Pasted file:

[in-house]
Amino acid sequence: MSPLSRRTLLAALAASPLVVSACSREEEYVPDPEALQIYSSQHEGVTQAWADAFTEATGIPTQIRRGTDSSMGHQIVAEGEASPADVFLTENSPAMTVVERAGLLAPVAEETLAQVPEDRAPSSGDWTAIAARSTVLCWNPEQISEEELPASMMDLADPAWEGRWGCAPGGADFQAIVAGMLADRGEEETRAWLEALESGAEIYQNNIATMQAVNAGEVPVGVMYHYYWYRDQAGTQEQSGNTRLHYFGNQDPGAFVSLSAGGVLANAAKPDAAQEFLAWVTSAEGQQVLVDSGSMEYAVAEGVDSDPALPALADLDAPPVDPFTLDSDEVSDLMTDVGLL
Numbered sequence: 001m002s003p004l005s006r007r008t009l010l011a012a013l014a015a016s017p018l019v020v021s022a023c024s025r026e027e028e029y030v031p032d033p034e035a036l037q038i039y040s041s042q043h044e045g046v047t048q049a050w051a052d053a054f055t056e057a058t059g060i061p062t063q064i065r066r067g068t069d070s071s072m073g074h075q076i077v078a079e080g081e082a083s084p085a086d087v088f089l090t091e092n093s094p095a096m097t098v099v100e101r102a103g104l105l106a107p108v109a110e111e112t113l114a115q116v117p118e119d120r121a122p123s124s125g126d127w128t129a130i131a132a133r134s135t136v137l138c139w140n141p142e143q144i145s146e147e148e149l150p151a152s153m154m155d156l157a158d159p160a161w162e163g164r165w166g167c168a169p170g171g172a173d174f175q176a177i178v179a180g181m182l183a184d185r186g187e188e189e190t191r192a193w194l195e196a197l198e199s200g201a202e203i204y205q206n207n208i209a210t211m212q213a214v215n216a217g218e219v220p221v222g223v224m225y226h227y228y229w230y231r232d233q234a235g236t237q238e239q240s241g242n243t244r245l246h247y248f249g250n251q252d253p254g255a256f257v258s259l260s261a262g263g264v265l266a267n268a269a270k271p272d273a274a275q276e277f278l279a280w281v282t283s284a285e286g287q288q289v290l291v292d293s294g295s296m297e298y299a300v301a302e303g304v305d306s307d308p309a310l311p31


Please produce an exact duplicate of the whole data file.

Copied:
[in-house]
Amino acid sequence: MSPLSRRTLLAALAASPLVVSACSREEEYVPDPEALQIYSSQHEGVTQAWADAFTEATGIPTQIRRGTDSSMGHQIVAEGEASPADVFLTENSPAMTVVERAGLLAPVAEETLAQVPEDRAPSSGDWTAIAARSTVLCWNPEQISEEELPASMMDLADPAWEGRWGCAPGGADFQAIVAGMLADRGEEETRAWLEALESGAEIYQNNIATMQAVNAGEVPVGVMYHYYWYRDQAGTQEQSGNTRLHYFGNQDPGAFVSLSAGGVLANAAKPDAAQEFLAWVTSAEGQQVLVDSGSMEYAVAEGVDSDPALPALADLDAPPVDPFTLDSDEVSDLMTDVGLL
Numbered sequence: 001m002s003p004l005s006r007r008t009l010l011a012a013l014a015a016s017p018l019v020v021s022a023c024s025r026e027e028e029y030v031p032d033p034e035a036l037q038i039y040s041s042q043h044e045g046v047t048q049a050w051a052d053a054f055t056e057a058t059g060i061p062t063q064i065r066r067g068t069d070s071s072m073g074h075q076i077v078a079e080g081e082a083s084p085a086d087v088f089l090t091e092n093s094p095a096m097t098v099v100e101r102a103g104l105l106a107p108v109a110e111e112t113l114a115q116v117p118e119d120r121a122p123s124s125g126d127w128t129a130i131a132a133r134s135t136v137l138c139w140n141p142e143q144i145s146e147e148e149l150p151a152s153m154m155d156l157a158d159p160a161w162e163g164r165w166g167c168a169p170g171g172a173d174f175q176a177i178v179a180g181m182l183a184d185r186g187e188e189e190t191r192a193w194l195e196a197l198e199s200g201a202e203i204y205q206n207n208i209a210t211m212q213a214v215n216a217g218e219v220p221v222g223v224m225y226h227y228y229w230y231r232d233q234a235g236t237q238e239q240s241g242n243t244r245l246h247y248f249g250n251q252d253p254g255a256f257v258s259l260s261a262g263g264v265l266a267n268a269a270k271p272d273a274a275q276e277f278l279a280w281v282t283s284a285e286g287q288q289v290l291v292d293s294g295s296m297e298y299a300v301a302e303g304v305d306s307d308p309a310l311p31